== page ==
It is a measure of just how appallingly the UK Government is behaving that politicians such as Philippe Lamberts are driven to use such parliamentary language. Only a few months ago, it would have been all but unthinkable for an MEP to call the British Prime Minister ‘clueless’ and imply that she was behaving in a manner not wholly in keeping with democratic principles. Such is the extent to which Theresa May and the Mad Brexiteers have trashed the UK’s reputation that it is now considered acceptable, if not de rigeur, for European politicians to openly insult them.
It would be gratifying to hope that being chastised in such uncompromising terms would give UK ministers and their slobbering, snarling, xenophobic cheerleaders pause for thought. Alas, that’s not how it works. British nationalist politicians are too persuaded of their innate superiority to be anything other than totally impervious to any criticism. And, rather than prompting sober reflection, Philippe Lamberts’s rebuke will serve only to confirm the prejudices of Europhobes and provoke paroxysms of indignant outrage.
Philippe Lamberts is undoubtedly correct. Theresa May is clueless, in every possible sense of that term. But his suggestion that the devolved administrations should be directly involved in Brexit negotiations is something that Nicola Sturgeon and her counterparts should treat with the utmost caution. Not that it’s going to happen, mind you. The ‘One Nation’ British nationalist ideology now driving the UK Government’s agenda precludes the devolved administrations being treated with anything other than contempt. But supposing Theresa May was disposed to allow them a token role, our First Minister would be well-advised to find herself otherwise engaged.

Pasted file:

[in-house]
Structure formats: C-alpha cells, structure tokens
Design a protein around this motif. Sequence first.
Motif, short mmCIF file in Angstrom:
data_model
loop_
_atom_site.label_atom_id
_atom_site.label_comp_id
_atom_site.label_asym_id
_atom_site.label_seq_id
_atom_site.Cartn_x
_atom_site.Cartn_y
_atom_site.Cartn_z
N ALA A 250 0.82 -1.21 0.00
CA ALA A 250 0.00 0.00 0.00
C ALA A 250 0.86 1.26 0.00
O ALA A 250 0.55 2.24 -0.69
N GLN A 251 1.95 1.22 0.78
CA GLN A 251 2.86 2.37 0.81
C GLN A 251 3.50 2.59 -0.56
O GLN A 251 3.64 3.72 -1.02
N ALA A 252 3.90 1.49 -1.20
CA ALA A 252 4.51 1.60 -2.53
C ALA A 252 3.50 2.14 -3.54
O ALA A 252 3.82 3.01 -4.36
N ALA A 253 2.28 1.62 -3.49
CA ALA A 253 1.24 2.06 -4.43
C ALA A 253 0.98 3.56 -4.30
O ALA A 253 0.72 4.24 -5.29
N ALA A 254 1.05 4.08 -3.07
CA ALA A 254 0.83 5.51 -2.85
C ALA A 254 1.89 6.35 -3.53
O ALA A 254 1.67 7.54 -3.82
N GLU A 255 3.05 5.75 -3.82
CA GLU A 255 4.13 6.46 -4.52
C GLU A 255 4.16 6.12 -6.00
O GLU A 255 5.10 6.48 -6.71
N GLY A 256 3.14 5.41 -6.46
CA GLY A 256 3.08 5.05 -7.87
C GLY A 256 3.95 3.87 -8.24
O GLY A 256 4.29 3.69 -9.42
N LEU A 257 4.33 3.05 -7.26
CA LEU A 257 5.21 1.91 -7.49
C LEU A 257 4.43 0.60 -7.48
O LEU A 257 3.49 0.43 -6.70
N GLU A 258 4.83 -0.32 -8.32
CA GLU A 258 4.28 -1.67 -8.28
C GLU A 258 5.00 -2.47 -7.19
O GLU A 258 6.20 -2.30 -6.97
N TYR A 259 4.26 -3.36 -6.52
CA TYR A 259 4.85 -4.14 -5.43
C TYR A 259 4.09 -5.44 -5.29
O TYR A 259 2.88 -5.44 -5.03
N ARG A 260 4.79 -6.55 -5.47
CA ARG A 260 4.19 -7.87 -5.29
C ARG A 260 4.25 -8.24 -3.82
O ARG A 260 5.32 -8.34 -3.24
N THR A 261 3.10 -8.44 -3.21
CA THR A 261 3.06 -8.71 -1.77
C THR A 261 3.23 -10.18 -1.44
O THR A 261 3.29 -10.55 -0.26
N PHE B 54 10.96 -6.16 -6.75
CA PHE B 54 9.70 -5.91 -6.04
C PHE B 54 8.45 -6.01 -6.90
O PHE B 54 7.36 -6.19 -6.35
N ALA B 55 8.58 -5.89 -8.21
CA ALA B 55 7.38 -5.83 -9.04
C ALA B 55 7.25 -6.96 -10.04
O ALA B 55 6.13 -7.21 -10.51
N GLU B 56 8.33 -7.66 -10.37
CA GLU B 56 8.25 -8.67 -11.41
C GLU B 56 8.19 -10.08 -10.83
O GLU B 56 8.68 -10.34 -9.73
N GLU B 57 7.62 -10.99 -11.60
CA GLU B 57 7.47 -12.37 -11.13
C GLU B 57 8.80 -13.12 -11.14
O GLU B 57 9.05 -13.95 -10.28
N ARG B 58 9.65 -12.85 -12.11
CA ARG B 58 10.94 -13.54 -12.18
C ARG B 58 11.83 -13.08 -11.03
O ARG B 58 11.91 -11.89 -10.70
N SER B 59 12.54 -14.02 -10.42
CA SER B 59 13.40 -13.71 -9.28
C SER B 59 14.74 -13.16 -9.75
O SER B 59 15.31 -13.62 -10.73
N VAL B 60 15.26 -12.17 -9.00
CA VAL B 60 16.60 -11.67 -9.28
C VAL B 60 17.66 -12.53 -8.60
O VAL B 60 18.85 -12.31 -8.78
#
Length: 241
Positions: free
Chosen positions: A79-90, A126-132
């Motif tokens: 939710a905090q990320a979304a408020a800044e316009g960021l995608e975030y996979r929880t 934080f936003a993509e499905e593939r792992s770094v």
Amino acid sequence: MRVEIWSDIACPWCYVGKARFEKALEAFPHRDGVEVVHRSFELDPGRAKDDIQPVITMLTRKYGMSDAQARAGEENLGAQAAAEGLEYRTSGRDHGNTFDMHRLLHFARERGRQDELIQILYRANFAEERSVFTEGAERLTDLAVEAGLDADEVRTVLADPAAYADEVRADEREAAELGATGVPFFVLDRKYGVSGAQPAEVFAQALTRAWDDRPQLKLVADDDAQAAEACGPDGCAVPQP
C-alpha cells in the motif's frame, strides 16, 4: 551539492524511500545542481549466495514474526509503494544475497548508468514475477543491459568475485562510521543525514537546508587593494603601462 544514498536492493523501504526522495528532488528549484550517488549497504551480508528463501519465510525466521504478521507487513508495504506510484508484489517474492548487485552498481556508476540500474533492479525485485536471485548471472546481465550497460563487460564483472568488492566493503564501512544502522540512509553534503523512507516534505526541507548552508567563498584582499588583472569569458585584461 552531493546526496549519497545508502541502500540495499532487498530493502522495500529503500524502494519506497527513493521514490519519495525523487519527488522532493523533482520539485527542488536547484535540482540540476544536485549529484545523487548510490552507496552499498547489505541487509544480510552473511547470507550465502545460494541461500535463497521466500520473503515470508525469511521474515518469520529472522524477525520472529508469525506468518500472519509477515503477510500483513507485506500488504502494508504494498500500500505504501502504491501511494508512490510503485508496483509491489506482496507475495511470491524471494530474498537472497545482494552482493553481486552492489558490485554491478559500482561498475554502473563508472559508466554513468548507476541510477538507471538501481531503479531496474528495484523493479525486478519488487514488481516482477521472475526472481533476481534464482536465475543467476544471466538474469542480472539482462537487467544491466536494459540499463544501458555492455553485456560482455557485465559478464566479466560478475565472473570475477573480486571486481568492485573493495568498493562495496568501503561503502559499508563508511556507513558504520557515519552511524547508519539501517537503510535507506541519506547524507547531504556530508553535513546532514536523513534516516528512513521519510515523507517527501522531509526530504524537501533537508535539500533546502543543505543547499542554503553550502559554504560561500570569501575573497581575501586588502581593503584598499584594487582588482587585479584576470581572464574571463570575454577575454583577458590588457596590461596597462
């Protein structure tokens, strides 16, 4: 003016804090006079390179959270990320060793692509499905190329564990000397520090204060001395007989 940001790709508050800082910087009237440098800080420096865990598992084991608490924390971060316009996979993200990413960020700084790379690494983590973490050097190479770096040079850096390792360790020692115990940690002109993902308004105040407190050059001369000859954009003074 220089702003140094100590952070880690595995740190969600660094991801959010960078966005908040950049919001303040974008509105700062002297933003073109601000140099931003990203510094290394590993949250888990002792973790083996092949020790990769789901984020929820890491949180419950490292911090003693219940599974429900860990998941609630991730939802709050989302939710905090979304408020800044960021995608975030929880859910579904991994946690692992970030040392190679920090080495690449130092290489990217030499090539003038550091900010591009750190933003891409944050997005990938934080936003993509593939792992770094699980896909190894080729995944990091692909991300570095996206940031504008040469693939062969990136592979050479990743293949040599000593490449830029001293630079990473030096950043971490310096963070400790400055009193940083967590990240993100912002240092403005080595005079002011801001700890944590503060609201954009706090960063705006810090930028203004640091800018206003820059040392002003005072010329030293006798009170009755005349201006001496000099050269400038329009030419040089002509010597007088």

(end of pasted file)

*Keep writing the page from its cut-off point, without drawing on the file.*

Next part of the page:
The only possible reason for the devolved administrations being brought into the process this late in the day would be to ensure that they were associated with an outcome which cannot be other than calamitous. Nicola Sturgeon doesn’t have to be part of the negotiations to be blamed for their failure. But, as with the Smith Commission, being involved makes it easier for the British establishment to deflect criticism after the event. Denouncing a team’s performance is inevitably more problematic if you were on the team – even if only nominally.
So, how does Nicola opt out? If this hypothetical invitation to join the UK’s Brexit negotiating team arrives, how does she decline without appearing hypocritical?
Fortunately, the rigidity of ‘One Nation’ British nationalism makes the British political elite quite predictable. The First Minister need only insist that she would be putting Scotland’s case in the Brexit negotiations, and the imagined invitation would be immediately withdrawn. After all, as far as the British state is concerned, Scotland doesn’t have a case.Views: 3392
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